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The Ineffable Name of God

Hardback|Oct 2004
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$18.99

These 66 poems, presented here in English and Yiddish on facing pages, were collected in the first book Abraham Joshua Heschel ever published. They appeared in Warsaw in 1933 when Heschel was 26 years old and still a doctoral candidate...


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These 66 poems, presented here in English and Yiddish on facing pages, were collected in the first book Abraham Joshua Heschel ever published. They appeared in Warsaw in 1933 when Heschel was 26 years old and still a doctoral candidate in philosophy at the University of Berlin. Written between 1927 and 1933 - and never published in English before - this is the intimate spiritual diary of a devout European Jew, loyal to the revelation at Sinai and afflicted with reverence for all human beings. These poems sound themes that resonate throughout Heschel's later popular writings* human holiness, a passion for truth, awe and wonder before nature, God's quest for righteousness, solidarity with the downtrodden, and unwavering commitment to tikkun olam. In these poems we also discover a young's man's acute loneliness, dismay at God's distance, and dreams of spiritual and sensual intimacy with a woman.
-Publisher

These 66 poems, here in English and Yiddish on facing pages, were collected in the first book Abraham Joshua Heschel ever published. Written between 1927 and 1933and never published in English beforethis is the intimate spiritual diary of a devout Europ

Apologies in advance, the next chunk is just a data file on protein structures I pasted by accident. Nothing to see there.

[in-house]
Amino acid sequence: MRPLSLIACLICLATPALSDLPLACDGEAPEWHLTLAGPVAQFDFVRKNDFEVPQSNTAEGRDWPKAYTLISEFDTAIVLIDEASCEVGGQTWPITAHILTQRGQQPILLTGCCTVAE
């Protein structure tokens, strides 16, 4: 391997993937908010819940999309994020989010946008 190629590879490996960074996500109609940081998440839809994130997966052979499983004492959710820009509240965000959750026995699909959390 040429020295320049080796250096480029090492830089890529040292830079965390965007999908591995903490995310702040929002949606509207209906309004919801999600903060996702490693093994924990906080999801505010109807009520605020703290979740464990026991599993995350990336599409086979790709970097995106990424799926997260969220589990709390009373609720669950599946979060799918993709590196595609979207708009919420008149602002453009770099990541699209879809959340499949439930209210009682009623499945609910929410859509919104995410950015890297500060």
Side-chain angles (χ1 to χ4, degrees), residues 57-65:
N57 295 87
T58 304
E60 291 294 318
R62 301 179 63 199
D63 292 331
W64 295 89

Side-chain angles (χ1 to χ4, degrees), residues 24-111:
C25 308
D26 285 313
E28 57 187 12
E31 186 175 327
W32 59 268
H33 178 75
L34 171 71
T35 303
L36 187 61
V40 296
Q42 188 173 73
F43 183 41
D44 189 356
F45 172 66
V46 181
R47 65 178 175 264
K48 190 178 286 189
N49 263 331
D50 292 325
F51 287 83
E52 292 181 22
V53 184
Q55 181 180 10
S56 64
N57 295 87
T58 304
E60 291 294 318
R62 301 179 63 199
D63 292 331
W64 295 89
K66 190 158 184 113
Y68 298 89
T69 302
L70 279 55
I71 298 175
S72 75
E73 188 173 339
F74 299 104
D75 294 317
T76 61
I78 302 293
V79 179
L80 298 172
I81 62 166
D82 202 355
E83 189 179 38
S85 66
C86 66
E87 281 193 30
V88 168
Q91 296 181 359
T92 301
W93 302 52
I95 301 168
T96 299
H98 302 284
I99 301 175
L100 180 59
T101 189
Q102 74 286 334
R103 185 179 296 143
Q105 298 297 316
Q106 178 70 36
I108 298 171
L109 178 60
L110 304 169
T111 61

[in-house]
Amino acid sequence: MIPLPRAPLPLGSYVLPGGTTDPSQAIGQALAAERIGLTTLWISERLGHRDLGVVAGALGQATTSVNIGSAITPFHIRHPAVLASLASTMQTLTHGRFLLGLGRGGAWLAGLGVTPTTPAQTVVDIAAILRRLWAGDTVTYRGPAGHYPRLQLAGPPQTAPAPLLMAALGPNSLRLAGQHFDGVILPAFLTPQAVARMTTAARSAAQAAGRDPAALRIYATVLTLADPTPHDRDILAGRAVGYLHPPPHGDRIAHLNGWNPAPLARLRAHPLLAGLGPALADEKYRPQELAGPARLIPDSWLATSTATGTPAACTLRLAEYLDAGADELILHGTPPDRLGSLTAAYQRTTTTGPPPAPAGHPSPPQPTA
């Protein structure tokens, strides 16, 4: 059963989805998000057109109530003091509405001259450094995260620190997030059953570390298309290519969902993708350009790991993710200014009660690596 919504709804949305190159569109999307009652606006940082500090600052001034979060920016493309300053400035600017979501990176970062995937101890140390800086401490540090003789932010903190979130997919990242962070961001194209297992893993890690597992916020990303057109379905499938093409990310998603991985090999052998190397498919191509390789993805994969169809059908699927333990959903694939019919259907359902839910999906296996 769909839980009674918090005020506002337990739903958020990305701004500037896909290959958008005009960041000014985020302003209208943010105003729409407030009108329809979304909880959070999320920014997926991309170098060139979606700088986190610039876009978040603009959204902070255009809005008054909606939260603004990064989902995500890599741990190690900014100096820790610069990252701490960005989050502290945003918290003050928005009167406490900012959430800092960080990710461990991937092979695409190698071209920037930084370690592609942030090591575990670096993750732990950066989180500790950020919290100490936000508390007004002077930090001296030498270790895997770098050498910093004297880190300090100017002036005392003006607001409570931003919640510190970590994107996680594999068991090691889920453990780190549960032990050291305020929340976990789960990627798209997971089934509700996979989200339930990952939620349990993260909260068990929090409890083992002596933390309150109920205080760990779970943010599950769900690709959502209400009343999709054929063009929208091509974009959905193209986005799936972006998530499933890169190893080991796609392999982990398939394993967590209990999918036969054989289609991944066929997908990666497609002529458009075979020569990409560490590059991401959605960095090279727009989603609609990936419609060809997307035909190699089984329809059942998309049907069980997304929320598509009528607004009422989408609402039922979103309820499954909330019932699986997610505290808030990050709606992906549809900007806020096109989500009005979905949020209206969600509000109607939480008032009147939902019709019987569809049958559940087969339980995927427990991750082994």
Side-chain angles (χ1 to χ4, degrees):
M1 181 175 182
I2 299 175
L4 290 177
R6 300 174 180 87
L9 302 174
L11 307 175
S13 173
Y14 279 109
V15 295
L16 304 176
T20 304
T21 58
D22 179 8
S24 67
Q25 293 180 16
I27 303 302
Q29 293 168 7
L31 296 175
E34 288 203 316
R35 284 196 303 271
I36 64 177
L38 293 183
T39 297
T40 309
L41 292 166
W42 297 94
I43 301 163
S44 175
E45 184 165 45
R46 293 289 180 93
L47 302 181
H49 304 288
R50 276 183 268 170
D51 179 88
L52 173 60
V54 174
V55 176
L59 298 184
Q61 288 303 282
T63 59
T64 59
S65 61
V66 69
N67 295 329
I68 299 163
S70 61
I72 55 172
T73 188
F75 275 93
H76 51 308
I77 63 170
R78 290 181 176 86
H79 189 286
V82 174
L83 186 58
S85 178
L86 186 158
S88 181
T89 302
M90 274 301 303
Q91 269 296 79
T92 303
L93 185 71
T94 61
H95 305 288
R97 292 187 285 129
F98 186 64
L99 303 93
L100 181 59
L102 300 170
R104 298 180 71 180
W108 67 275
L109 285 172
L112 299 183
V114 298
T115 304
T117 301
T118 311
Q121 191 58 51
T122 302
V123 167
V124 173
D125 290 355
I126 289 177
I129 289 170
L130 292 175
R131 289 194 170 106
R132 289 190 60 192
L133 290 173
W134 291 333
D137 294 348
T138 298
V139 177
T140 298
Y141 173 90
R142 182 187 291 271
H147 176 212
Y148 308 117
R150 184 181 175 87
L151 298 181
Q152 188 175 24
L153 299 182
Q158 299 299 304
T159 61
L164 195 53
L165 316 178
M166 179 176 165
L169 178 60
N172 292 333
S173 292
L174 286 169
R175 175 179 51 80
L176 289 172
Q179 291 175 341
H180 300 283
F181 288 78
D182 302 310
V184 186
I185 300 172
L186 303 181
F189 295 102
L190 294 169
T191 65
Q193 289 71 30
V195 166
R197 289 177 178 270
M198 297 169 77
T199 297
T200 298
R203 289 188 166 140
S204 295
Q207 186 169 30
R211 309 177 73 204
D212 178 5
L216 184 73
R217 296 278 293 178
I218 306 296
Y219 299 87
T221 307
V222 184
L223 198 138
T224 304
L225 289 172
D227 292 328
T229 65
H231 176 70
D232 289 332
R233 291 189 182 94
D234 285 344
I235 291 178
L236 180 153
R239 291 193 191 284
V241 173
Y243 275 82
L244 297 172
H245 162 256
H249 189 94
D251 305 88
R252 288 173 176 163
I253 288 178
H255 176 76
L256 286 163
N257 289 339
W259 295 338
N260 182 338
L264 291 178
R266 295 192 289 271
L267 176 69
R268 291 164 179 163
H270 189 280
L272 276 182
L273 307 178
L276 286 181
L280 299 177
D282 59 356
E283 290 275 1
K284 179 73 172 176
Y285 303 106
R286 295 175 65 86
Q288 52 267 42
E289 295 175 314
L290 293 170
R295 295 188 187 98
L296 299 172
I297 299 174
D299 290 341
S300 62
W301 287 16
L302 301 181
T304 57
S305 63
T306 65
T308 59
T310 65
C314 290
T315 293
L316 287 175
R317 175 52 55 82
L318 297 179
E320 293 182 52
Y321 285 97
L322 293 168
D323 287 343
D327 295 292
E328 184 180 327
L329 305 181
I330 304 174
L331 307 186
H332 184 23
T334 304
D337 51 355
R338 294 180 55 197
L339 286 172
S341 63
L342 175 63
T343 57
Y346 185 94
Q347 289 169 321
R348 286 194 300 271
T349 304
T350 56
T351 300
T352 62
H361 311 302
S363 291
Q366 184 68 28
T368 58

-Publisher

PRODUCT DETAIL

Abraham Joshua Heschel

Heschel received his doctorate at the Hochschule fur die Wissenschaft des Judentums in Berlin but was deported to Poland by the Nazis in 1938. He went to London in 1940 and after the war accepted a professorship in ethics and mysticism at the Jewish Theological Seminary in New York. Heschel articulated a depth theology, arguing that the divine-human encounter takes place at a deeper level than is attainable by the rational mind. Reaching out to skeptical Jews and seeking to make Judaism accessible and meaningful in the modern world, Heschel stressed the interdependence of God and humanity, and maintained that God recognizes and supports ethical human action and that humans express their faith through their actions. Heschel lived according to his word and played an active role in social change, including the civil rights movement.

The Ineffable Name of God: Man Paperback
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